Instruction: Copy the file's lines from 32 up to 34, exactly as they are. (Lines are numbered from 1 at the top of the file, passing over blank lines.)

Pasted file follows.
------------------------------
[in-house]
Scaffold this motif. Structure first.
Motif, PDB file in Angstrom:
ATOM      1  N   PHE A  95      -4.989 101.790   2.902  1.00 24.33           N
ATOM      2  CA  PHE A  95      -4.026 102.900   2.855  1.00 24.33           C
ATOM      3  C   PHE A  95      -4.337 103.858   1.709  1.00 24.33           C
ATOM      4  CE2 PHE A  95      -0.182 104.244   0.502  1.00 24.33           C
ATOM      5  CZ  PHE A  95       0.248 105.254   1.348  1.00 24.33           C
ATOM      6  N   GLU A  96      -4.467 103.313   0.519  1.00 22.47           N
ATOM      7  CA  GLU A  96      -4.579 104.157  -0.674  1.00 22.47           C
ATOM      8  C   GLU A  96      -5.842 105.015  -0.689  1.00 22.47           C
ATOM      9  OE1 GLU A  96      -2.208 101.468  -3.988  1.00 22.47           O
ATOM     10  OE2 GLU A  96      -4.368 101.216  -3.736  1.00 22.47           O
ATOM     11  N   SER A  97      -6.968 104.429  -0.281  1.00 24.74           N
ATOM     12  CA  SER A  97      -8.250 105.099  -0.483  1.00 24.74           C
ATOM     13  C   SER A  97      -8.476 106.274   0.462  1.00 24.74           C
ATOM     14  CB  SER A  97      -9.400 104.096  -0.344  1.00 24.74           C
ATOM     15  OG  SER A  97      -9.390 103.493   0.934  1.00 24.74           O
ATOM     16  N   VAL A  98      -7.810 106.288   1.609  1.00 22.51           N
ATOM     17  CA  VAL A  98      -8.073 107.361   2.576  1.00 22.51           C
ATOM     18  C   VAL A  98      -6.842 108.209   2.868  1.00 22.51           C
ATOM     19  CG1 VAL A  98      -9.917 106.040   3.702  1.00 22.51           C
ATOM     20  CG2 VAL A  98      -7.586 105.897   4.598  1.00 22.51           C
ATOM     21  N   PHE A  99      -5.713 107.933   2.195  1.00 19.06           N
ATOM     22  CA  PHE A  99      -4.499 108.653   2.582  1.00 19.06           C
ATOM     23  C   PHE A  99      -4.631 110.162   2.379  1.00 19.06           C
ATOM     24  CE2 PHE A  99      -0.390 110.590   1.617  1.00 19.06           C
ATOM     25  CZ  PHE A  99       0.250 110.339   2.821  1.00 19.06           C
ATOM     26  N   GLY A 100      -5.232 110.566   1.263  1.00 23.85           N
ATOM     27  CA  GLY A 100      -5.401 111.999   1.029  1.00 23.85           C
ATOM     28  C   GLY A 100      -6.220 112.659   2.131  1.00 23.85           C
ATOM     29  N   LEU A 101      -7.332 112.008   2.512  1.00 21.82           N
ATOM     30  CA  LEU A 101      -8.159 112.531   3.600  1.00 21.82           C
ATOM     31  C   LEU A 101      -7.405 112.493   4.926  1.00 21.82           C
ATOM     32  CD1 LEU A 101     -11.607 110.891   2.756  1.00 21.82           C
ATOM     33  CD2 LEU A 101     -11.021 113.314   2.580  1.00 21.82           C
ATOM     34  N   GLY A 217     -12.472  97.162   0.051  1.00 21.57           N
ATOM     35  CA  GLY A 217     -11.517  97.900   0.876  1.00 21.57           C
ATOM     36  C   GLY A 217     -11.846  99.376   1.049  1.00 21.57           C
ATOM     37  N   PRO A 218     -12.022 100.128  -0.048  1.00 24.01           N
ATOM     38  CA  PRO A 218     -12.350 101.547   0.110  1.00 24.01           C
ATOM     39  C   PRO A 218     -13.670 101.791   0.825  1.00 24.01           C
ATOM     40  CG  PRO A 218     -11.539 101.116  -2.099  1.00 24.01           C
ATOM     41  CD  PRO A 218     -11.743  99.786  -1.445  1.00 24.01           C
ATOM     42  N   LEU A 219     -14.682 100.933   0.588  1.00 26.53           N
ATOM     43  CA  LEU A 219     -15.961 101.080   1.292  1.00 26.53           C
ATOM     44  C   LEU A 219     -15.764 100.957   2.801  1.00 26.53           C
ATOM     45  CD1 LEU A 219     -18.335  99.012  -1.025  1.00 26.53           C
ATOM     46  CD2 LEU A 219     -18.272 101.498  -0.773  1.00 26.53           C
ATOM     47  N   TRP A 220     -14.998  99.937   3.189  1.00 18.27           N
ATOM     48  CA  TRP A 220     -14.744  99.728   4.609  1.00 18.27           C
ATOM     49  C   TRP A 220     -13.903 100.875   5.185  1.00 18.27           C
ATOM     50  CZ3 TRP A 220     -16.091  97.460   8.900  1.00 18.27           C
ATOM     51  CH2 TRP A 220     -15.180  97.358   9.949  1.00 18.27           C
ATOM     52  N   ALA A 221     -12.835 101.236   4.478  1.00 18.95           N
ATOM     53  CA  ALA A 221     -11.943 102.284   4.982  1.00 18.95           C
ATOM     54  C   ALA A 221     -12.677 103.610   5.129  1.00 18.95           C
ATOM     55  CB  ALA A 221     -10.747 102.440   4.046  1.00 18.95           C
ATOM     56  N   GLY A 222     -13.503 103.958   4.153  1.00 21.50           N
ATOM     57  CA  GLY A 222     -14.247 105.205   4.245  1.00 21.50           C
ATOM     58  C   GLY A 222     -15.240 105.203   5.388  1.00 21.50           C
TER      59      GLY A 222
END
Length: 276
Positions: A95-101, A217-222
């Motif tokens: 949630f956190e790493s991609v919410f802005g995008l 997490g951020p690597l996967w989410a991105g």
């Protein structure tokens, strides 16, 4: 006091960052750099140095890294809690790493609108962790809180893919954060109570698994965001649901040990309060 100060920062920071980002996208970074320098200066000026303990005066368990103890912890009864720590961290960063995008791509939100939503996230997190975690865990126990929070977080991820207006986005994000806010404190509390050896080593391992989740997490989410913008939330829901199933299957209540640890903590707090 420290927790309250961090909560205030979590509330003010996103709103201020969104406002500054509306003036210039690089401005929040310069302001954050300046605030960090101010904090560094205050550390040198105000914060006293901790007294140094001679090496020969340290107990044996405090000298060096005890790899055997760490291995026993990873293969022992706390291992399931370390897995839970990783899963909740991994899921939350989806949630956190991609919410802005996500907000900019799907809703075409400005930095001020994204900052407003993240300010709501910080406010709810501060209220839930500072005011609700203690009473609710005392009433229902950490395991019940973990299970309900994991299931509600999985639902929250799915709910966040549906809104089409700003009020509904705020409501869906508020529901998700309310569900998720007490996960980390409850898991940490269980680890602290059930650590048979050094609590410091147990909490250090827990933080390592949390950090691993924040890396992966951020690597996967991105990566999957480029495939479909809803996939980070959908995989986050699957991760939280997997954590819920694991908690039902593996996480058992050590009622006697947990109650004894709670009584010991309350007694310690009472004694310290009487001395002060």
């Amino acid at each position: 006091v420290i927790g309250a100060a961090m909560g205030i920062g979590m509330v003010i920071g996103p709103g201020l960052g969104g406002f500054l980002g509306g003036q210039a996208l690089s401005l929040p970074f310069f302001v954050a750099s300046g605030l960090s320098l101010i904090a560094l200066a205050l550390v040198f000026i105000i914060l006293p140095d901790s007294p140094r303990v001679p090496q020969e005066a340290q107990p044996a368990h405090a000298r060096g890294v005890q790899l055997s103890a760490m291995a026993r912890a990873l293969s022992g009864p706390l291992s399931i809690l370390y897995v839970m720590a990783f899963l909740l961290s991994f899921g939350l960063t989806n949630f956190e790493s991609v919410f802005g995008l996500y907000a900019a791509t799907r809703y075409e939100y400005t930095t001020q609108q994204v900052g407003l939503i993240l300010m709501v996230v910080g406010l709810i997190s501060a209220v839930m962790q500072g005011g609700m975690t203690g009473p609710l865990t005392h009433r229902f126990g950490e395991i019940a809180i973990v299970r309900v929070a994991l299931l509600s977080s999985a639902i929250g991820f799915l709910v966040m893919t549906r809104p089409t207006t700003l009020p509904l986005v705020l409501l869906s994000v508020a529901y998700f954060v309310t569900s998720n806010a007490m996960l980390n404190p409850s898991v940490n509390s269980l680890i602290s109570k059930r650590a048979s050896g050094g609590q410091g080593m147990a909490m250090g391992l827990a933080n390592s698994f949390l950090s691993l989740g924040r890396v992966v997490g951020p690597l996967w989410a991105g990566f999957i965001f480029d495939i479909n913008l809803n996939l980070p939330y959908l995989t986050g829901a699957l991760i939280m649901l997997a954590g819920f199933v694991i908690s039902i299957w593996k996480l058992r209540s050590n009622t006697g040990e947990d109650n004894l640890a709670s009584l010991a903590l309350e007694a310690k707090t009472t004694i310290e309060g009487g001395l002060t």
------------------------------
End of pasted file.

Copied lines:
ATOM     29  N   LEU A 101      -7.332 112.008   2.512  1.00 21.82           N
ATOM     30  CA  LEU A 101      -8.159 112.531   3.600  1.00 21.82           C
ATOM     31  C   LEU A 101      -7.405 112.493   4.926  1.00 21.82           C